Rage Against The Machine To Headline Concert Fighting Arizona Immigration Law [Updated]
By Steve La
(From left) Zack de la Rocha and Tom Morello of Rage Against the Machine
Some rockers are taking on the Arizona immigration law that has stirred a lot of passionate opposition here in L.A., including boycotts of Arizona by several cities.
"This is not a Latino or immigration issue," said Zack de la Rocha, lead vocalist for Rage Against the Machine, at a press conference this morning. "This is a battle for basic human dignity"
After a 10 year hiatus, Rage Against the Machine announced their return to L.A. They'll headline a benefit concert Friday at 7:30 at the Hollywood Palladium to raise money for organizations fighting Arizona's immigration law SB 1070. Conor Oberst and the Mystic Valley Band as well as Los Jornaleros Del Norte, a band made up of day laborers, will also perform.
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The concert was organized by the Sound Strike, a group of artists and musicians boycotting Arizona's new law. The coalition includes Cypress Hill, Sonic Youth, Nine Inch Nails, Kanye West and Ozomatli.
"We are here to rock this mother to the ground," said Tom Morello, lead guitarist for Rage, referring to the upcoming show. "We are here to give notice that we will not let this law stand."
The musicians were flanked by community activists Salvador Reza and Dolores Huerta and attorney Chris Newman.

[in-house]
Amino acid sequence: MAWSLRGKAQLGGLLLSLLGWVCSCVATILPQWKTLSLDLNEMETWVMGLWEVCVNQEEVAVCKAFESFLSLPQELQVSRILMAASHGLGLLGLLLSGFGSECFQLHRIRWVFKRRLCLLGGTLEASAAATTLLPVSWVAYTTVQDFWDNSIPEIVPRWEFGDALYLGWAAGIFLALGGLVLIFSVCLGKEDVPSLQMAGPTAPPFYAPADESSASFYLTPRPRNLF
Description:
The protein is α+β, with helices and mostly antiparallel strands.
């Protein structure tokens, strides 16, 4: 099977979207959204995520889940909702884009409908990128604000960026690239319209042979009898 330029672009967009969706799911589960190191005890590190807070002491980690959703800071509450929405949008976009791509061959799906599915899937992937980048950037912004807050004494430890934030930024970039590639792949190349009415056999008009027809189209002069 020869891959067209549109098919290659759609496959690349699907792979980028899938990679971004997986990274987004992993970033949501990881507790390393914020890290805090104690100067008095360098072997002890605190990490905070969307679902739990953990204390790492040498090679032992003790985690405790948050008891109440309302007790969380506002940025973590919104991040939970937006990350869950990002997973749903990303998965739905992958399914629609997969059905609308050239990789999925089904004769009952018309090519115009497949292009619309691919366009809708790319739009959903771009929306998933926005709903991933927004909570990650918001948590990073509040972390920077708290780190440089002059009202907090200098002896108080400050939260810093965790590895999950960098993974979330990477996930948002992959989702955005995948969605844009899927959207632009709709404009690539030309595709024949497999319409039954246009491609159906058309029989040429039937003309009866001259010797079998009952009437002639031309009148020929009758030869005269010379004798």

(From left) Salvador Reza, Conor Oberst, Zack de la Rocha, Tom Morello, Dolores Huerta
Salvador Reza of the Puente movement, a human rights group, spoke first.
"We want immigration reform now, but we don't immigration reform with criminalization," Reza said.
His sentiments were echoed by Dolores Huerta, Co-Founder of the United Farm Workers.
"We need a comprehensive immigration reform," Huerta said. "We need to put pressure on Congress to pass it."
She noted Arizona's history -- it was the last state in the union to recognize Martin Luther King Jr with a holiday.
For those out of the loop, SB1070 is Arizona's attempt to crack down on illegal immigration by forcing police to find out the immigration of status of people that could "reasonably" be thought to be here illegally. Critics say it would lead to widespread racial profiling. The federal government has filed suit against Arizona to get the law struck down, claiming the feds, and not the states, have authority to enforce immigration law.
Chris Newman, attorney for the National Day Laborer Organizing Network, said that the law is unconstitutional and believed it was born out of racial animus.
Of course it's doubtful Arizona Gov. Jan Brewer will be persuaded by Rage Against the Machine to abandon the law, but every bit helps.
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